What inspires you?

Music is a huge inspiration in my life, it can get me in certain moods that are perfect for writing. My fiancé often inspires me with the little things she does, dances around the house that make me want to write romance. Nature gives me a breath of life, revitalizes me and makes me want to draw.

What got you interested in your field?  Have you always wanted to be an artist?

It was actually my older sister, she is a cosplay and traditional artist. She is 5 years older than me and I, being a younger sibling, was jealous and decided I needed to be better than her. Now I do it because I love it, of course.

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Do you have any kind of special or unique signature, symbol, or feature you include in your work that you’d be willing to reveal?

I used to but since I lost most of my sight I’ve just been trying to re-explore what my art is. Playing with styles and shading to recreate it so I can still actually create, I used to sign my older works.

What advice would you give young aspiring artists?

Don’t give up! Make your weaknesses your strengths! There is no reason why you can’t pursue art if it’s what you love. Always do what makes you happiest, not what others want you to do.

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ASEXUALITY

Where on the spectrum do you identify?

I identify as Grey-ace. I don’t really experience sexual attraction, but if I have a strong romantic connection with someone I am able to connect with them in that way as well. But it’s more of a, I do it because I love them and want to make them happy. Not to say that is the only way to do so, there are many ways to connect with your partners and sex is never a mandatory part of a relationship, but it can enhance your romantic connection. Simply put, while I don’t experience sexual attraction, for me, being intimate occasionally makes me feel emotionally closer.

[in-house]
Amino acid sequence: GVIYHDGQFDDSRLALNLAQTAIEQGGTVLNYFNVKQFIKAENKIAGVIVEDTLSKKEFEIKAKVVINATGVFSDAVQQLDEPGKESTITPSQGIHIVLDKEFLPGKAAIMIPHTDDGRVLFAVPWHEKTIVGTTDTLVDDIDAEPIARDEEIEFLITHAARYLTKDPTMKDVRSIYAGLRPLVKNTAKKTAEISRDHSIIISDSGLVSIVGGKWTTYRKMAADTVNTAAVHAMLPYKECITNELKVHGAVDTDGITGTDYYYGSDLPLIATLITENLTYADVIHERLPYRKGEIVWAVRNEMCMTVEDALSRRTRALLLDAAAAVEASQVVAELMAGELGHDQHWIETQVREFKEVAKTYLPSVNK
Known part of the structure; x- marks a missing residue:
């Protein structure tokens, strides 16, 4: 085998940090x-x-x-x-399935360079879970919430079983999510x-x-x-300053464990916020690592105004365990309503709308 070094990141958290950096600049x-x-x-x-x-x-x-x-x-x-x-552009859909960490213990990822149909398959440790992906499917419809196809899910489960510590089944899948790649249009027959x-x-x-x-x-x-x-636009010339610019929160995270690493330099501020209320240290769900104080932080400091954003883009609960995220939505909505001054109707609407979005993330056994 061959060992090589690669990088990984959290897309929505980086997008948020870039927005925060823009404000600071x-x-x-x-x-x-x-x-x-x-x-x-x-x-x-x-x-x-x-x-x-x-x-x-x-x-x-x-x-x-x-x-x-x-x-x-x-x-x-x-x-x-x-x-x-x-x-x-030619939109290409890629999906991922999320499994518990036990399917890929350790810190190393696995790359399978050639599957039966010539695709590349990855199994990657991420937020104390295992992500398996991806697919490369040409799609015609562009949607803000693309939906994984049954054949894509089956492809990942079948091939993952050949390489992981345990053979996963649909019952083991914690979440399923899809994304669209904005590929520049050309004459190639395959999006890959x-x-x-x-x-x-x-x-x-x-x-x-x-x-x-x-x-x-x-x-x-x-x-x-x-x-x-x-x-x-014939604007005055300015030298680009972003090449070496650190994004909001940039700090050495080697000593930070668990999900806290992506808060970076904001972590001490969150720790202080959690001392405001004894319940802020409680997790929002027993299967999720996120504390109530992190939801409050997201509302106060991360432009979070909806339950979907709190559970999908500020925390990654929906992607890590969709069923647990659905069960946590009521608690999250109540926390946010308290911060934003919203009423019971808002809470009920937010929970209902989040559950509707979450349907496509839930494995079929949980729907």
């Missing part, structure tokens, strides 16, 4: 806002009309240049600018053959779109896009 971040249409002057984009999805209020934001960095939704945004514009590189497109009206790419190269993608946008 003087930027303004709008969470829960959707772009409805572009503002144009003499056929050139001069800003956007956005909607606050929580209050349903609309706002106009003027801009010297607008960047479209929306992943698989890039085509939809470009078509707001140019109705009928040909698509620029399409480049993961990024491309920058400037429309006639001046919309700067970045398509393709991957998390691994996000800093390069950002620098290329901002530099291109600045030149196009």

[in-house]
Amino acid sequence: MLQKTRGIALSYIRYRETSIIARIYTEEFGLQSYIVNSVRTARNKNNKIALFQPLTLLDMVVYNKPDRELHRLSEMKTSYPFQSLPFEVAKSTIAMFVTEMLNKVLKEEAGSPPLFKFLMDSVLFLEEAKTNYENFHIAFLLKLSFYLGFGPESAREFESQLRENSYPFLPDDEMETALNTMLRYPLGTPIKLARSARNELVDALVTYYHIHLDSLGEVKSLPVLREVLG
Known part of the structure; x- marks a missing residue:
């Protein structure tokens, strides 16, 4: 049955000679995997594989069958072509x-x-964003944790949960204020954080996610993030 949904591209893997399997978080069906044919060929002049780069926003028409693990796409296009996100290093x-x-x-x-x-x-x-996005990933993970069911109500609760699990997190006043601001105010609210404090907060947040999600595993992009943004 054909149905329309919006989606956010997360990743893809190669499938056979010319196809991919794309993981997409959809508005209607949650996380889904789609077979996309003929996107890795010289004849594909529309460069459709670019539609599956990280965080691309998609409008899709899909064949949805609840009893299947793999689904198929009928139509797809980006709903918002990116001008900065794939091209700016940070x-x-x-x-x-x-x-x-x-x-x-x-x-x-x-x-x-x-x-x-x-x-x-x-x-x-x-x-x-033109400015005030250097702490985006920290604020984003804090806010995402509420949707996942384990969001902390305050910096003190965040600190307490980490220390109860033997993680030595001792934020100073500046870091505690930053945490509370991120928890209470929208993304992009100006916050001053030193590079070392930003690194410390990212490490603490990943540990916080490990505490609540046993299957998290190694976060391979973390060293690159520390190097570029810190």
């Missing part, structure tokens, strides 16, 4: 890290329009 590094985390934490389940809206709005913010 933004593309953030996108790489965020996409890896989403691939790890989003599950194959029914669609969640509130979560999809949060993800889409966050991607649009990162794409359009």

Have you encountered any kind of ace prejudice or ignorance in your field?  If so, how do you handle it?

I haven’t really in my field. It’s not something that just casually comes up in conversation but those I have told have all been very understanding. A few people I told were even comfortable enough with me after the fact that they were able to come out to me as well. In my daily life a few people have said that it’s because I hadn’t met the right person, or claimed they could fix me, very common things to run into. I mostly just ignore this and do my best to stay safe.

What’s the most common misconception about asexuality that you’ve encountered?

That I’ll never be able to have a permanent partner or that it’s a phase. I have a fiancé who has no problems with it, we have been together for two years. She is always very understanding if I’m having a repulsed day, because there are good and bad days. Some days I’m totally okay with the idea of sex and others I can’t stand to watch movies with implied scenes in them. But if you’re worried about finding someone who will love you, of course you will. There’s somebody for everyone.

What advice would you give to any asexual individuals out there who might be struggling with their orientation?

Being asexual, while it is a way to identify, does not define you. If the thought of it is new or uncomfortable, it’s just another part of wat makes you, you. It’s not something to be ashamed of or hide, there are so many people out there who will accept you for exactly who you are.